"IRC (Internet Relay Chat) is a great resource for everything
from meeting friends to getting help with your Linux system.
However, to the uninitiated, it can seem a bit daunting. Sure,
there are graphical IRC programs such as X-Chat, but to get the
most out of your experience, you'll need to know some basic
commands and concepts. So, if you're an IRC newbie, read
"First, let's go over a few basic concepts. An IRC "network" is
a collection of IRC servers, such as EFNet, or the OpenProjects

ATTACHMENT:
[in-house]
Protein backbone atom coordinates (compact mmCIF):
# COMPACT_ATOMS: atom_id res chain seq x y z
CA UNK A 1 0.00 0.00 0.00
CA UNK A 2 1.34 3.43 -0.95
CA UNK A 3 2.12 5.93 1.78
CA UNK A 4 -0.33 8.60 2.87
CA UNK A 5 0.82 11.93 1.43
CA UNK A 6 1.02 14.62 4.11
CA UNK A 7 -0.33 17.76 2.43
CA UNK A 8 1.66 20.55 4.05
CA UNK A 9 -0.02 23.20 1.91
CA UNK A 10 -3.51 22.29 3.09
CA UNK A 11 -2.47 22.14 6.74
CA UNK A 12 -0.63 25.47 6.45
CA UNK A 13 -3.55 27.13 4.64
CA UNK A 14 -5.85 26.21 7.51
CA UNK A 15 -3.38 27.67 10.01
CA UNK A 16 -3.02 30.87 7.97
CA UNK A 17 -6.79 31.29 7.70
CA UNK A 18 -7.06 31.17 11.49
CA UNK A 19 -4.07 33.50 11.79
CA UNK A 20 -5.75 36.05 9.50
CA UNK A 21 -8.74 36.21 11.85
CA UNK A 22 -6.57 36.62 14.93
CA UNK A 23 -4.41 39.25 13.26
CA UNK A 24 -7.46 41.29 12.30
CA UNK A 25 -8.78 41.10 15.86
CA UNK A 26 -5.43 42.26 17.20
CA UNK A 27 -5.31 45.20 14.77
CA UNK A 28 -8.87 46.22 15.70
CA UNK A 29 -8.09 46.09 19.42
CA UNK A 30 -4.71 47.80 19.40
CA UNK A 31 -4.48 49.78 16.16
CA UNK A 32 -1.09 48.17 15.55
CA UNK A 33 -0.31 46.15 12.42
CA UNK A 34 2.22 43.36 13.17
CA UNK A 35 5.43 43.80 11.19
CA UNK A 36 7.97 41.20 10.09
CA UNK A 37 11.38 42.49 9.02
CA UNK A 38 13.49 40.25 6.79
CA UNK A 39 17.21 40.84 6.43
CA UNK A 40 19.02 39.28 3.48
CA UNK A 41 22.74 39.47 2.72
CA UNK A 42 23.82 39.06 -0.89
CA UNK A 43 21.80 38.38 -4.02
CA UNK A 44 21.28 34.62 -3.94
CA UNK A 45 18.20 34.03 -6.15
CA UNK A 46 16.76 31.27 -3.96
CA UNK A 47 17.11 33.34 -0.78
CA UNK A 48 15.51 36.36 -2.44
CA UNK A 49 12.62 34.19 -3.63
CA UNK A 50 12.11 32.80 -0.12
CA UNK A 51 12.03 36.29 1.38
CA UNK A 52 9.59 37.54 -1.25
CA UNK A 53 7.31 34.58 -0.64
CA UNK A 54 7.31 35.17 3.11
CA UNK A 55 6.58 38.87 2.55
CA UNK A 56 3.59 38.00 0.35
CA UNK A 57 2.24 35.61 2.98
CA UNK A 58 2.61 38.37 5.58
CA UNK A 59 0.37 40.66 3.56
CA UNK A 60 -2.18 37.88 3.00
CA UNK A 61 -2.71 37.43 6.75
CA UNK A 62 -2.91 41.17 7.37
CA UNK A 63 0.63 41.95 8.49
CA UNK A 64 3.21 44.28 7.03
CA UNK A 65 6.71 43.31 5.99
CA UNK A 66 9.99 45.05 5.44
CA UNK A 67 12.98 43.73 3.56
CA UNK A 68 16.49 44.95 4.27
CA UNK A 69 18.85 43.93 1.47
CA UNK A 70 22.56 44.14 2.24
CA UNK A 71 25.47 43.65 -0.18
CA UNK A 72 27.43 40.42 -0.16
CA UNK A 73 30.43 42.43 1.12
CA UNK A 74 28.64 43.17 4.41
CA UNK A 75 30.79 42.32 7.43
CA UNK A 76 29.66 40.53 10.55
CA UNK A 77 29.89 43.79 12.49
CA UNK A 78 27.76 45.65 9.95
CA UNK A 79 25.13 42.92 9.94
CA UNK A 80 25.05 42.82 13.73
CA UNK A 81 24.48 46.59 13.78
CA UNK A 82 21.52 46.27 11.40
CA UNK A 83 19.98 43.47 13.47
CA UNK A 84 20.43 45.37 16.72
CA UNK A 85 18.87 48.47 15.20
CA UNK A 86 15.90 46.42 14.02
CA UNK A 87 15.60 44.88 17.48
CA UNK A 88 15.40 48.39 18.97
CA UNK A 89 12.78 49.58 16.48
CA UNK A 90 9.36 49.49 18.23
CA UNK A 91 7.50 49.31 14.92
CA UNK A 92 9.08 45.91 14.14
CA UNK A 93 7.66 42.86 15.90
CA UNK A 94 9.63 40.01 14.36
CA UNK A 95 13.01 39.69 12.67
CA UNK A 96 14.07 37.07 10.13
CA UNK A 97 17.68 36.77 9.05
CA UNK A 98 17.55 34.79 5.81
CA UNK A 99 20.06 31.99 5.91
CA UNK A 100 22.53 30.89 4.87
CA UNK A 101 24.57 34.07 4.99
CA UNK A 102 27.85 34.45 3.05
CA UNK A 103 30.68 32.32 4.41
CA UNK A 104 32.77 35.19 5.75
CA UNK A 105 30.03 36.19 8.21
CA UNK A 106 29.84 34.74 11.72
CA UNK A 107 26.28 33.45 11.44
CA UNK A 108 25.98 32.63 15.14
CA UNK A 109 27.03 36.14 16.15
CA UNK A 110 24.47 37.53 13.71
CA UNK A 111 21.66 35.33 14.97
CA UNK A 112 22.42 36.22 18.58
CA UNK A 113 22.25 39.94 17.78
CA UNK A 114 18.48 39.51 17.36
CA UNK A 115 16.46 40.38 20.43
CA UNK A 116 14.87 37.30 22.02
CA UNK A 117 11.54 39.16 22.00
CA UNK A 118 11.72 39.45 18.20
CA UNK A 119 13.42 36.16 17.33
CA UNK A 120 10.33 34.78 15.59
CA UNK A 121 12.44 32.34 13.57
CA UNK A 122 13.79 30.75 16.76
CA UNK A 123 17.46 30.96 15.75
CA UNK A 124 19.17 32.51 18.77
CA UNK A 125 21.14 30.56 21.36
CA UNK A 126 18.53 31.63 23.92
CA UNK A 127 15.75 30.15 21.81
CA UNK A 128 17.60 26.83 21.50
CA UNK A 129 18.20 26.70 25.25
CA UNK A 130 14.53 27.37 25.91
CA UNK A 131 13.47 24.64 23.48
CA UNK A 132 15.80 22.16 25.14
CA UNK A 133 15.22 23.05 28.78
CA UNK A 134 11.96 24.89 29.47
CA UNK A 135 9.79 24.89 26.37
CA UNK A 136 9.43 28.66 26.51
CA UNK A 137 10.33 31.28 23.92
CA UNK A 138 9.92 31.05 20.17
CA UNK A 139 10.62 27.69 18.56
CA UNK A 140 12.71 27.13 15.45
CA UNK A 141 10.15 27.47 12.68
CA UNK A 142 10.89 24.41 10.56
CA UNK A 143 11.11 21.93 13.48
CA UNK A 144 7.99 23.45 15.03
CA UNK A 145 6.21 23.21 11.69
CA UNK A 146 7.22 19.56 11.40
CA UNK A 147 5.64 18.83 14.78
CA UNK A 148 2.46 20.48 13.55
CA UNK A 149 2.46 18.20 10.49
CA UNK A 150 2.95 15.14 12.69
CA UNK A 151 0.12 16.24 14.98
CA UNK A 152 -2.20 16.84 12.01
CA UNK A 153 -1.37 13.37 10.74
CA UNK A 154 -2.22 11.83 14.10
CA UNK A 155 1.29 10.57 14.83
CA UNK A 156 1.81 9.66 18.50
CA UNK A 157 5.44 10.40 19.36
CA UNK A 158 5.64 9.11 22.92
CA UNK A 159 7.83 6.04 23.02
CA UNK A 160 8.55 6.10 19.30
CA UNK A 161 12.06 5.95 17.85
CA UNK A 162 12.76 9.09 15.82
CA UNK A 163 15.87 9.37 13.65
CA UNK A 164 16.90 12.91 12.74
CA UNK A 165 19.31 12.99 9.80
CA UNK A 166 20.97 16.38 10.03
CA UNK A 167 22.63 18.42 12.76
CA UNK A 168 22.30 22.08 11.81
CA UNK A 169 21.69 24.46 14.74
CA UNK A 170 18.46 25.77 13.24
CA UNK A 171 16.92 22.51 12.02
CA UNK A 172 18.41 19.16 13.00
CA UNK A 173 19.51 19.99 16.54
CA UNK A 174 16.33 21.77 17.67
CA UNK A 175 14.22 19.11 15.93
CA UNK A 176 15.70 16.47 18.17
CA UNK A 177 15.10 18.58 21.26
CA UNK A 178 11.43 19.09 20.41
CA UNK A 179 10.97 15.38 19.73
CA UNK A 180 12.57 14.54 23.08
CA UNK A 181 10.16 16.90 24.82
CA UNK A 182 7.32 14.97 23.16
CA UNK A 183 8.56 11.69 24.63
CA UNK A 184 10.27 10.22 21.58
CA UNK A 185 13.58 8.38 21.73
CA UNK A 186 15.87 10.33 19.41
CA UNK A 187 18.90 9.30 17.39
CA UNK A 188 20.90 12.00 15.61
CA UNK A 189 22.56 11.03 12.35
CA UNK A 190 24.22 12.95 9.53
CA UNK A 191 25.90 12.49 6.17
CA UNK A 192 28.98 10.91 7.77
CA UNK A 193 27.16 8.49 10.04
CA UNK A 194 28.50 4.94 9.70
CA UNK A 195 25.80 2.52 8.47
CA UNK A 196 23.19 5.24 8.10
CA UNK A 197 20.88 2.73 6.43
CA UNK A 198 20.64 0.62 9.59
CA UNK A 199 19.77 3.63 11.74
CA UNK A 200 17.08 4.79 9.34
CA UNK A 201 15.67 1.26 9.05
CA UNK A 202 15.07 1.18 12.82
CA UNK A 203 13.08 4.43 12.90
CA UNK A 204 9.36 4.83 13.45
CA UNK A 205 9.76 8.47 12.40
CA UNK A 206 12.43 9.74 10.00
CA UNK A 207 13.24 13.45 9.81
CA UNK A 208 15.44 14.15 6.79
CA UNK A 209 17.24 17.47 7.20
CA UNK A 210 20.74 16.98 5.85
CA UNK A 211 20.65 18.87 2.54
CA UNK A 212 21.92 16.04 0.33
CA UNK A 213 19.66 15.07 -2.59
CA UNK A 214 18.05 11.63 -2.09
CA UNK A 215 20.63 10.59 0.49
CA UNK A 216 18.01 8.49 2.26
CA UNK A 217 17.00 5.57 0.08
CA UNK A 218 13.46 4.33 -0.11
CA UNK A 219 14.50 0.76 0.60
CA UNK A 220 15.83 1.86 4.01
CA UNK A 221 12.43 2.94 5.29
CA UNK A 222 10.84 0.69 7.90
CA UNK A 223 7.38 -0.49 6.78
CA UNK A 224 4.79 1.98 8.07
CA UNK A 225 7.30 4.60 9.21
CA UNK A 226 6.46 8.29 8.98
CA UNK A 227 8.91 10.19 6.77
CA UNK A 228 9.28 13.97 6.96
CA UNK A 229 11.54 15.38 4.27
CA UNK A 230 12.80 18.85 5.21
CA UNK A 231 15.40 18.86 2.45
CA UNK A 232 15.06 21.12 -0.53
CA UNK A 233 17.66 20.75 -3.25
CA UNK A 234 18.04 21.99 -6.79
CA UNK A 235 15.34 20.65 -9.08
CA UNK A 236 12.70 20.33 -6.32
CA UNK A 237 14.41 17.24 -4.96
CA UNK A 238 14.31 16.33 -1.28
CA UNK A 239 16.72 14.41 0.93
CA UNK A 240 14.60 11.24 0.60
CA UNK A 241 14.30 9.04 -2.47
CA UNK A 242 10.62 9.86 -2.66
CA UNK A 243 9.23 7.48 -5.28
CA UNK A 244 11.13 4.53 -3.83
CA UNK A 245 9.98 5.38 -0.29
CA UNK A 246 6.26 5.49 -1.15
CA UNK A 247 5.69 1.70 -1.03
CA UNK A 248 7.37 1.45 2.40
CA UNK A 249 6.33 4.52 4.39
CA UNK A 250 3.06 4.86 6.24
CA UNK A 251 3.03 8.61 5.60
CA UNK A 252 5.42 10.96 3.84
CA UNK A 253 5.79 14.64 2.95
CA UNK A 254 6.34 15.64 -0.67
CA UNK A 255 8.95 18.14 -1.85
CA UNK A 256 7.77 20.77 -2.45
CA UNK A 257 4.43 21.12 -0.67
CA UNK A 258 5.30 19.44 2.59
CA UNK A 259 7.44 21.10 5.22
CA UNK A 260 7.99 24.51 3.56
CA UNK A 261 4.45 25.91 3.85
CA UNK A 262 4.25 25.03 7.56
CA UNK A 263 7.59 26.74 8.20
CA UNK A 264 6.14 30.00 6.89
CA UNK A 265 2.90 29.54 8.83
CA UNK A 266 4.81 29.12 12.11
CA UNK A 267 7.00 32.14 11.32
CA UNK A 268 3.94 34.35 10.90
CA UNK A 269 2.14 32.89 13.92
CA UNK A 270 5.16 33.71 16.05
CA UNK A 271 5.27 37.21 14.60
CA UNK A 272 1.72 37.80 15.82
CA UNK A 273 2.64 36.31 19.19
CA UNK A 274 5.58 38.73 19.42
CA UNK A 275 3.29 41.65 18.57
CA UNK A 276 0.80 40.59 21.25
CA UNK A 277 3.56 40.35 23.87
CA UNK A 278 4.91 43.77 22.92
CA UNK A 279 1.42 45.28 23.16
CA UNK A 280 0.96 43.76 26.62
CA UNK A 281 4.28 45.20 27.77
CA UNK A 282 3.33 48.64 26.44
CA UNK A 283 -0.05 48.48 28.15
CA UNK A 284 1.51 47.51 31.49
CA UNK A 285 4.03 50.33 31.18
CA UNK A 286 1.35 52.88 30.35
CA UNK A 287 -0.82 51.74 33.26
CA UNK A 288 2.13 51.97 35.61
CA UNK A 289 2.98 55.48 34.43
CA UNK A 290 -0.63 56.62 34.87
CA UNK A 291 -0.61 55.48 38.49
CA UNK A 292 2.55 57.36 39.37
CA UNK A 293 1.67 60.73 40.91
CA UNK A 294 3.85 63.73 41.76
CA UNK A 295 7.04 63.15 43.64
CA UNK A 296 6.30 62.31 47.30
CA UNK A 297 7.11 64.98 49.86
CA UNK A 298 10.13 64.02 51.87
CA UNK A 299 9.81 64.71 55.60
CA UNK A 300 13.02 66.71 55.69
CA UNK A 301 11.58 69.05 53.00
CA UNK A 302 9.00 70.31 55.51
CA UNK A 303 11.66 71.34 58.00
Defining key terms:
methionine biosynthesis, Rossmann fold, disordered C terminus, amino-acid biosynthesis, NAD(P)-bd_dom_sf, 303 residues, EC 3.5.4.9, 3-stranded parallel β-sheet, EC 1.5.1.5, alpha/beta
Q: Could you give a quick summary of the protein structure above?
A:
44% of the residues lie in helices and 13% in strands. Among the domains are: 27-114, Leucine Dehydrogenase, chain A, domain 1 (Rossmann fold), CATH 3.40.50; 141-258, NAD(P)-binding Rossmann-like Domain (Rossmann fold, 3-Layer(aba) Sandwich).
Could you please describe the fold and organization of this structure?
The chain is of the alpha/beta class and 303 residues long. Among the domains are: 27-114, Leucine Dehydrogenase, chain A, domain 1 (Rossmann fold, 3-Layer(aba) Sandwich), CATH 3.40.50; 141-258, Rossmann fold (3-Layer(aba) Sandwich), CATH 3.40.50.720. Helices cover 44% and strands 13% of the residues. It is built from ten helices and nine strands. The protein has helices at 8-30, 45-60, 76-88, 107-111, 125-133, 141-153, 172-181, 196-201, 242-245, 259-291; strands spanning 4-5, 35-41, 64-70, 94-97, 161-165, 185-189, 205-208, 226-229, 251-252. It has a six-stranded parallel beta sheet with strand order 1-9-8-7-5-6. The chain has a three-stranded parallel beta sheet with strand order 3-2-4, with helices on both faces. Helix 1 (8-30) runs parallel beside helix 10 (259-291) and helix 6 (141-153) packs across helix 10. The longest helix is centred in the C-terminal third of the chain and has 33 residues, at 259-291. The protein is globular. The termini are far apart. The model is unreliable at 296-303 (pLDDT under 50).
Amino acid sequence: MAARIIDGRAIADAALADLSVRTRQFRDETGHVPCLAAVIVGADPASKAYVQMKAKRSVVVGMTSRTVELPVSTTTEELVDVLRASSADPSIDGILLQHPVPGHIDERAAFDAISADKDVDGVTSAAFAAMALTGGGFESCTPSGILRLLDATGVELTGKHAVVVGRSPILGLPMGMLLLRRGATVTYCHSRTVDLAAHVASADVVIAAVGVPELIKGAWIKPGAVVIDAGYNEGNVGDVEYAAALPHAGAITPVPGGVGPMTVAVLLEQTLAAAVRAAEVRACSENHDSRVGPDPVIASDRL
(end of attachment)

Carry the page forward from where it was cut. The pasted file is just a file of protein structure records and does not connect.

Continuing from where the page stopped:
network. They are "linked" together so that users on a particular
network can be spread out among a series or servers, but still talk
to one another, etc. When you want to use IRC, you connect to a
server in the network of your choice. Depending on the network, you
might be automatically assigned the best server. Or, you may find a
particular server that seems fastest for you."
"Within an IRC network are "channels." Channels are the places
you go to in order to talk with others. Channels are often set up
around a certain subject or "topic," and their name always begins
with a pound sign. For example, on the OpenProjects network, the
channel for help with Linux is #linuxhelp. Channels are basically
the same as "chat rooms."
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